“We are all in different time zones and work on flex hours to fit our individual situations,” Mel notes. “There always seems to be someone online at any given time, so issues are acknowledged for clients pretty quickly.” Klein appreciates “the trust that I’m doing my job without someone literally looking over my shoulder.” Indeed, Feinstein suspects that many of the executives surveyed may be focusing too much on what will benefit the company’s bottom line and not enough on what will make high-quality people want to work for them. “I strongly suggest the employer and top executive team possess and communicate an attitude of gratitude in working with the entire team. With everyone spread out, any element of dissatisfaction can bring an entire department down” Feinstein says. “It really is so much easier to be kind, caring and compassionate with people. Everyone is deserving of respect and admiration for what they do in our company, and I make sure I communicate that both individually, and recognize it to the full staff.”

###

CONTACT: Peter Feinstein, 888-501-5544 or pf@hpowermarketing.com.

Higher Power Marketing is one of the nation’s leading cost-per-action (CPA) advertising agencies. Sometimes called perinquiry (PI), cost per lead (CPL) or pay-per lead (PPL), CPA is a form of direct-response marketing in which the advertiser receives free ad time and space while paying only for results. In return, the advertiser gives up control of where and when the ads will run. Agencies that offer PI have relationships with media outlets and access to their unsold inventory of ad time and space. They place the ads as space becomes available. The advertisers pay only for qualified responses, or “actions.” A CPA strategy allows the client to establish a stable, predictable cost per lead (CPL) without the burdensome and unpredictable expense usually associated with ad buying.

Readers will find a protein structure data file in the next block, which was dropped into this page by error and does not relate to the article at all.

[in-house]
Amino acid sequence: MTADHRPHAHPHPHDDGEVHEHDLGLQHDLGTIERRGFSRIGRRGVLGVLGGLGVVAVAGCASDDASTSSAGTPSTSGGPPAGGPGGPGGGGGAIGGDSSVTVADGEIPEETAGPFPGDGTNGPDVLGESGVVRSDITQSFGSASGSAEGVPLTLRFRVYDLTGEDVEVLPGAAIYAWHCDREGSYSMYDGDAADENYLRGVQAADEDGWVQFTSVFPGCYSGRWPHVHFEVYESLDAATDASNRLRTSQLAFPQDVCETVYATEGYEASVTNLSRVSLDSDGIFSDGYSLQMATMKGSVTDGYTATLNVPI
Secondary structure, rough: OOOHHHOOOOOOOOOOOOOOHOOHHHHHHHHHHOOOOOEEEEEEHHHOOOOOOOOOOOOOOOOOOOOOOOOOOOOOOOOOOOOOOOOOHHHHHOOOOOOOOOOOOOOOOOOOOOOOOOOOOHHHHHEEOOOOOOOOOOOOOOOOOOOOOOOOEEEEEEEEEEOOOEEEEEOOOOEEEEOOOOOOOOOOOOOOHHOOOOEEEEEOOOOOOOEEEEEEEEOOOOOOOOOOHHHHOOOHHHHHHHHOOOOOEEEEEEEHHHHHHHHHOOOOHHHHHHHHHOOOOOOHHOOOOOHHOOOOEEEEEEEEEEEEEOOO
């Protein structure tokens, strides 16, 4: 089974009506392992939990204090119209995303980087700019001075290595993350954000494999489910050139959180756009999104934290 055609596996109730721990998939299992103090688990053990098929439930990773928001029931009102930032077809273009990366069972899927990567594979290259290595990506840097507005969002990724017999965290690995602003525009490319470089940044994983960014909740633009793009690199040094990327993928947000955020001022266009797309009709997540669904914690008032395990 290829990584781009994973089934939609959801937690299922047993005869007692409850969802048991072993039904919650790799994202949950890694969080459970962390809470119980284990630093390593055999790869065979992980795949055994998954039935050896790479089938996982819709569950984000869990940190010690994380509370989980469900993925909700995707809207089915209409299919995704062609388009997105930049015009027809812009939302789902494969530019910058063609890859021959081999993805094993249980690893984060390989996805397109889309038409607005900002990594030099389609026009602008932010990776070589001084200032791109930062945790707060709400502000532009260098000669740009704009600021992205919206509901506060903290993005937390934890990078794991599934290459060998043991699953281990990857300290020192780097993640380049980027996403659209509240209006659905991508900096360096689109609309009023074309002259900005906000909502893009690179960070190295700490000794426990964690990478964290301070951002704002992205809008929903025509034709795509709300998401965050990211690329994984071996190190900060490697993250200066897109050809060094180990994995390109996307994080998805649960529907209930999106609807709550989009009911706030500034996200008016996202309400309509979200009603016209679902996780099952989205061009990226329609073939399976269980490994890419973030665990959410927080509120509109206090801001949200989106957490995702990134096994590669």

Brandman University, which commissioned the study, is a private, non-profit institution established in 1958. Part of the Chapman University system, Brandman offers a progressive, innovative curriculum and strong support services designed for working professionals. The university serves more than 10,000 students in more than 200 undergraduate and graduate degree, certificate, credential and professional development programs in arts and sciences, business, education and health, offered online and at 26 campuses in California and Washington. For the school’s take on the Forrester survey, and a link to the study itself, visit www.brandman.edu/PressReleases/Forrester.asp.

Per-Inquiry Ad Agency HPM Nominated for Two Awards - 1307421420